Digital engagement partnership with plant-based, sustainable skincare company Poethique.
There’s so much new information out there about the effects that different skincare ingredients have on our bodies. The clean beauty movement is all about being healthy by making informed choices about what we consume and recycle back into the earth. Each time you apply sunscreen at the beach and go swimming, those ingredients are put right back into the ocean where they then have a detrimental effect on coral reefs, marine life, and biodiversity. To us, it’s important to know what exactly is in your sun protection – and the effect it has on human and global health.
There are two kinds of active ingredients in sunscreen: mineral and chemical filters. Chemical sunscreen typically contains a combination of oxybenzone, avobenzone, octisalate, octocrylene, homosalate, and octinoxate. Mineral sunscreens use zinc oxide and/or titanium dioxide. Chemical filters are absorbed into the skin while little if any of the mineral particles penetrate the tissue.
In addition to bleaching coral reefs, the harmful chemicals found in many conventional sunscreens can wreak havoc on our bodies. Many conventional sunscreens include ingredients to help them penetrate into your skin to stay on better. As a result, they are absorbed into the body and the bloodstream. In sunscreens with chemical active ingredients, this causes more harm than good.
Most conventional sunscreens use chemical ingredients. Studies have shown that several chemical UV filters mimic hormones with many known to be hormone disruptors. Since hormones essentially control your entire body, you really don’t want anything messing with them. Physicians also report high numbers of sunscreen-related skin allergies as many common chemical filters have been shown to be skin sensitizers.
There are two kinds of active ingredients in sunscreen: mineral and chemical filters. Chemical sunscreen typically contain a combination of oxybenzone, avobenzone, octisalate, octocrylene, homosalate, and octinoxate. Mineral sunscreens use zinc oxide and/or titanium dioxide. Chemical filters are absorbed into the skin while little if any of the mineral ingredients penetrate the tissue.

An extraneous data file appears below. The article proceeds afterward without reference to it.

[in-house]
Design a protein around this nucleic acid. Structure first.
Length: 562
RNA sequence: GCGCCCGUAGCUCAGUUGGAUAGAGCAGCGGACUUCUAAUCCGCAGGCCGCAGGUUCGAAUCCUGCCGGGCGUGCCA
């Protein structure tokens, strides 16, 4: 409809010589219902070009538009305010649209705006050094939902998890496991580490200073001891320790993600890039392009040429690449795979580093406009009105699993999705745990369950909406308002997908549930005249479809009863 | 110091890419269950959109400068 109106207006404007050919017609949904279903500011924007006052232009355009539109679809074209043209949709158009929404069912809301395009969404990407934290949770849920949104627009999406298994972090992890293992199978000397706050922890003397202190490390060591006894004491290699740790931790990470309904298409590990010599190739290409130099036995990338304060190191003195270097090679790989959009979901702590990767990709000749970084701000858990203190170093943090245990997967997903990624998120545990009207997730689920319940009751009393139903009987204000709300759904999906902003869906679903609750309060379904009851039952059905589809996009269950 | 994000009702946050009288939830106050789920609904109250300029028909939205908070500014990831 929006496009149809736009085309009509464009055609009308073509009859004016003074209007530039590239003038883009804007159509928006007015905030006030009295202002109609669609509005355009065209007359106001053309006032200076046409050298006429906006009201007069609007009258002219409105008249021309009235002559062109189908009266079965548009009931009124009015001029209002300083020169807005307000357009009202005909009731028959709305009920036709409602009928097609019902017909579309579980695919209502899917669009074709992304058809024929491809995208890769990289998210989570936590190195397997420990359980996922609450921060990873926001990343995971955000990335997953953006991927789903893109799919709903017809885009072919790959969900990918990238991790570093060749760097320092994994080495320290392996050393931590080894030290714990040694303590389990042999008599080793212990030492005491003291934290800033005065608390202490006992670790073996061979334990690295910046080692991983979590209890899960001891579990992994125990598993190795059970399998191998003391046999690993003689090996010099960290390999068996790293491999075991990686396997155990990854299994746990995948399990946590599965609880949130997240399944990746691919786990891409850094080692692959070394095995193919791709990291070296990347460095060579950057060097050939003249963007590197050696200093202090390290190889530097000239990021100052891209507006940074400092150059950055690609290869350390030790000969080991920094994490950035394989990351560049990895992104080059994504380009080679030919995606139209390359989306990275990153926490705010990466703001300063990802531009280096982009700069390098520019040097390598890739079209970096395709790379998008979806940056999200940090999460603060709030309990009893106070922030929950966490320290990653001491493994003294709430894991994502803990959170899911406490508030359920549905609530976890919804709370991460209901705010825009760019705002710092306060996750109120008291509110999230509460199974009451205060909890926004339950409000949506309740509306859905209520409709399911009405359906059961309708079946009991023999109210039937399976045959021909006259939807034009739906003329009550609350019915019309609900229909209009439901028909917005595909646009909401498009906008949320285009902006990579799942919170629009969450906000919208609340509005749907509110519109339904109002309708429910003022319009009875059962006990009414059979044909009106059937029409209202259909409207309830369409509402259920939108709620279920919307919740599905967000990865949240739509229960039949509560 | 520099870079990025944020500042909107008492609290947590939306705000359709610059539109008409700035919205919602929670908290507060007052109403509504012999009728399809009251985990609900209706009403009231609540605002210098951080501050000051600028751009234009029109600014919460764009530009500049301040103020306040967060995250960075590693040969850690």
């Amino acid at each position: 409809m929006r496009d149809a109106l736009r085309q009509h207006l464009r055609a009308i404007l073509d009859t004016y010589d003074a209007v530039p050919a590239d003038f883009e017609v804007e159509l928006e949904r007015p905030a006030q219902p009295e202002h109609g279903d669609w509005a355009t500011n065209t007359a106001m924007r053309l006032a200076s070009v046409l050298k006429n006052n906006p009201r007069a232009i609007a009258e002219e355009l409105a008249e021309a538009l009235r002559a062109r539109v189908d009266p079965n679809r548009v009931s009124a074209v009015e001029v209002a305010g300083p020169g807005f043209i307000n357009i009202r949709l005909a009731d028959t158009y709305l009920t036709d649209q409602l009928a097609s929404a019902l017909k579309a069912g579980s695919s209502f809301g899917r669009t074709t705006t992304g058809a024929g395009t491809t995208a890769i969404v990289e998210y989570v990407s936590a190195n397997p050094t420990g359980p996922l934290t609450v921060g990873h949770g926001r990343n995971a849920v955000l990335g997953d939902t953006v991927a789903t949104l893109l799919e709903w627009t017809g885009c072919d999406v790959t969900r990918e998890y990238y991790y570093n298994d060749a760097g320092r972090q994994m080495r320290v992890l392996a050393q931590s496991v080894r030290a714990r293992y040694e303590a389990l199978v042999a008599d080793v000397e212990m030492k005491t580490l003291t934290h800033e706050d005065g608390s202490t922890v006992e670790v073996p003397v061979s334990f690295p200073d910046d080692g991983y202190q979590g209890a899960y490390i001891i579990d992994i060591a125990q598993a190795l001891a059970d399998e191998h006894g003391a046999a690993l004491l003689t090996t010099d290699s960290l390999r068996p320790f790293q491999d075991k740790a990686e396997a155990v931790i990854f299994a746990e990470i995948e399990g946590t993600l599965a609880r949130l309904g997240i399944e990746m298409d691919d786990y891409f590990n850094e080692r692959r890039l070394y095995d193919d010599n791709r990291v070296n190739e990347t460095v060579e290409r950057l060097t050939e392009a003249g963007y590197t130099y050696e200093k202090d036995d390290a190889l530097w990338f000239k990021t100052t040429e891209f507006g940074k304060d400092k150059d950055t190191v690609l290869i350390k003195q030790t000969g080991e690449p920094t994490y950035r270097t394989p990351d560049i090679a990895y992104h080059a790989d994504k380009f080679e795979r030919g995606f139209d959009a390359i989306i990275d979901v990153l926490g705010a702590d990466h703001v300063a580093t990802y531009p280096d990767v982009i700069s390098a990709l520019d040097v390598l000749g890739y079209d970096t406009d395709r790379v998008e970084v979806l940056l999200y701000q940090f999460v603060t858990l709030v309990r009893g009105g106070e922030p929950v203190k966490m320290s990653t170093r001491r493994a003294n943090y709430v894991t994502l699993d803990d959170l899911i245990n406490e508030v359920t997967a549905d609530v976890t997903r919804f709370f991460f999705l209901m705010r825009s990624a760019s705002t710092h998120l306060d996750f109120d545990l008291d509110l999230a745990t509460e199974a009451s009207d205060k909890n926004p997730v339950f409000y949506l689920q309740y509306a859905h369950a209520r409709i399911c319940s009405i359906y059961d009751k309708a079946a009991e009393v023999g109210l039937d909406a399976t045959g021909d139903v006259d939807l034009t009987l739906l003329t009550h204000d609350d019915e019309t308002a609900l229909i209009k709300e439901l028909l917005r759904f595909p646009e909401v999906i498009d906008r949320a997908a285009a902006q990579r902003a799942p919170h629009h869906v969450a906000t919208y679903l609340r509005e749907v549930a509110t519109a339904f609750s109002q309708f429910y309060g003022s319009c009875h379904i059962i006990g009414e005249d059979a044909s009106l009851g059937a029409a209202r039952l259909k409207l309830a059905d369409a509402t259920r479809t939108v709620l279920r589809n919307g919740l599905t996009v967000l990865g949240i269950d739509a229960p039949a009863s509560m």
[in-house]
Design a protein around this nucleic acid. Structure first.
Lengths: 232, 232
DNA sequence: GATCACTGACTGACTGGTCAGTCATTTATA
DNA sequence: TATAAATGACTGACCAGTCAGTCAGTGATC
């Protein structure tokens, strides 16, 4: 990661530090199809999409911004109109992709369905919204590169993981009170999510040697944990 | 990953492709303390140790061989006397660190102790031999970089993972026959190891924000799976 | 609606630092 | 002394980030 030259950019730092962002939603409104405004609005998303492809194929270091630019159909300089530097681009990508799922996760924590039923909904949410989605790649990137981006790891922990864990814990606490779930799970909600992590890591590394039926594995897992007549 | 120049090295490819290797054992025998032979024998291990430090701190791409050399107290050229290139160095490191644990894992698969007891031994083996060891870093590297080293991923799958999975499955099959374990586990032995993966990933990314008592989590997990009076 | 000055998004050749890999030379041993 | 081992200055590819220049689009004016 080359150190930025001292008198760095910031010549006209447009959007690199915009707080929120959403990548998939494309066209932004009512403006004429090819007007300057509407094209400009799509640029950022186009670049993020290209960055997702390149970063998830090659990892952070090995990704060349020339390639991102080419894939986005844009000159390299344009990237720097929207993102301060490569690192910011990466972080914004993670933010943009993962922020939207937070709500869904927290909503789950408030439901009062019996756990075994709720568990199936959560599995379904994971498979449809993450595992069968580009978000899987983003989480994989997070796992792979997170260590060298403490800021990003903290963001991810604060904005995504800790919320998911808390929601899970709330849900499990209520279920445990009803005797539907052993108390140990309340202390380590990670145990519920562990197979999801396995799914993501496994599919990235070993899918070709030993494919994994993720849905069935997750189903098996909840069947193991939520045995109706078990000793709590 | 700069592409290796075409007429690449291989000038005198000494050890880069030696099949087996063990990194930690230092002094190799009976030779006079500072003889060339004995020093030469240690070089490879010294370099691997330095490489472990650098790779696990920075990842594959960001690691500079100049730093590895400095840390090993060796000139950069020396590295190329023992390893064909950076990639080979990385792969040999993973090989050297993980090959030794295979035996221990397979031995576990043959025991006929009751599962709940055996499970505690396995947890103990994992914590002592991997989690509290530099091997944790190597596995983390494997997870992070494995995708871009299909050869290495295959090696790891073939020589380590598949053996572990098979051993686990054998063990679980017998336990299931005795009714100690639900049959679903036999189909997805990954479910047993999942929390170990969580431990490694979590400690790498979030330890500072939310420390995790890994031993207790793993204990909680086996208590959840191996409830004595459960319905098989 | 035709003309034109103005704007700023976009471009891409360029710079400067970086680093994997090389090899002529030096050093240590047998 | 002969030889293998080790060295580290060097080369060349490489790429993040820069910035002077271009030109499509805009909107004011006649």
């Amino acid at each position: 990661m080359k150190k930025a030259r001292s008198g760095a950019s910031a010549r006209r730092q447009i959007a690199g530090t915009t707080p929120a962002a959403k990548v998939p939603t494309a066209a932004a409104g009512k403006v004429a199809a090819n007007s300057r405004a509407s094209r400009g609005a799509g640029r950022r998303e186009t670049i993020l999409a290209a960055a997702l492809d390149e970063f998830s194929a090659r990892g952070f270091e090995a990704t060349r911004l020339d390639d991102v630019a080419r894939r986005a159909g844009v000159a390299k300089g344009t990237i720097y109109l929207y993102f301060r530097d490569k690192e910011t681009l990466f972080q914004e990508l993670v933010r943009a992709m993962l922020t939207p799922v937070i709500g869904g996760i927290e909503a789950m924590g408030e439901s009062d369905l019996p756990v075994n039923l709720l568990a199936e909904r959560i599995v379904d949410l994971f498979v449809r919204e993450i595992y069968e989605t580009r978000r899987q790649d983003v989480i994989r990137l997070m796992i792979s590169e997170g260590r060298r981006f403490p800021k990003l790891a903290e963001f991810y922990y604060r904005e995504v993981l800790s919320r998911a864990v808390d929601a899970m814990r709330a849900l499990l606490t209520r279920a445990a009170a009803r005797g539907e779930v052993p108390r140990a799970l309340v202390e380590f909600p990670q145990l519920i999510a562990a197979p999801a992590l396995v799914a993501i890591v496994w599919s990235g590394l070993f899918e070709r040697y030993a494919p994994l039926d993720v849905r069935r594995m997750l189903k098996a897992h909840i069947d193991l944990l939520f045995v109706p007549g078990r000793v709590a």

According to the CDC, 97% of Americans are contaminated with oxybenzone. This hormone-disrupting ingredient has been associated with altered birth weight in humans, allergic reactions, potent-anti-androgenic effects, and biochemical and cellular level changes. Octinoxate, another widespread filter, has also been shown to have an effect on hormones and lead to developmental and reproductive toxicity. It can also produce estrogen-like effects similar to oxybenzone. If that weren’t bad enough, both of these ingredients cause coral bleaching. A study by the Environmental Health Perspective scientists found that octinoxate caused complete bleaching of coral even at very low concentrations. Research has shown that coral reefs in Hawaii are exposed to over 6,000 tons of sunscreen lotion every year.
However, despite the growing body of research, the FDA has yet to review the new evidence. In fact, it has actually grandfathered in ingredients used in the 1970s, when it first looked at ingredient safety. Given what we know now, this information is far outdated. The Danish EPA reviewed the safety of sunscreen ingredients in 2015 and concluded that the majority lack adequate information to ensure their safety.
Despite the known risks, these ingredients remain approved worldwide. Opt for mineral sunscreens with zinc or zinc and titanium to protect your skin and the earth. And don’t forget to check the inactive ingredients! Just because your sunscreen has the good kind of active ingredients, doesn’t mean they’re all good. Check for one in particular: the preservative methylisothiazolinone which is known to be a major skin sensitizer/allergen.
Here are a few to get you started:
Raw Love All Natural Mineral Sunscreen>
Badger Balm Active Clear Zinc Sunscreen Cream>
Blue Lizard Australian Sunscreen>
For a full list of harmful chemicals and their effects, check out the EWG sunscreen guide.
Header photo: Unsplash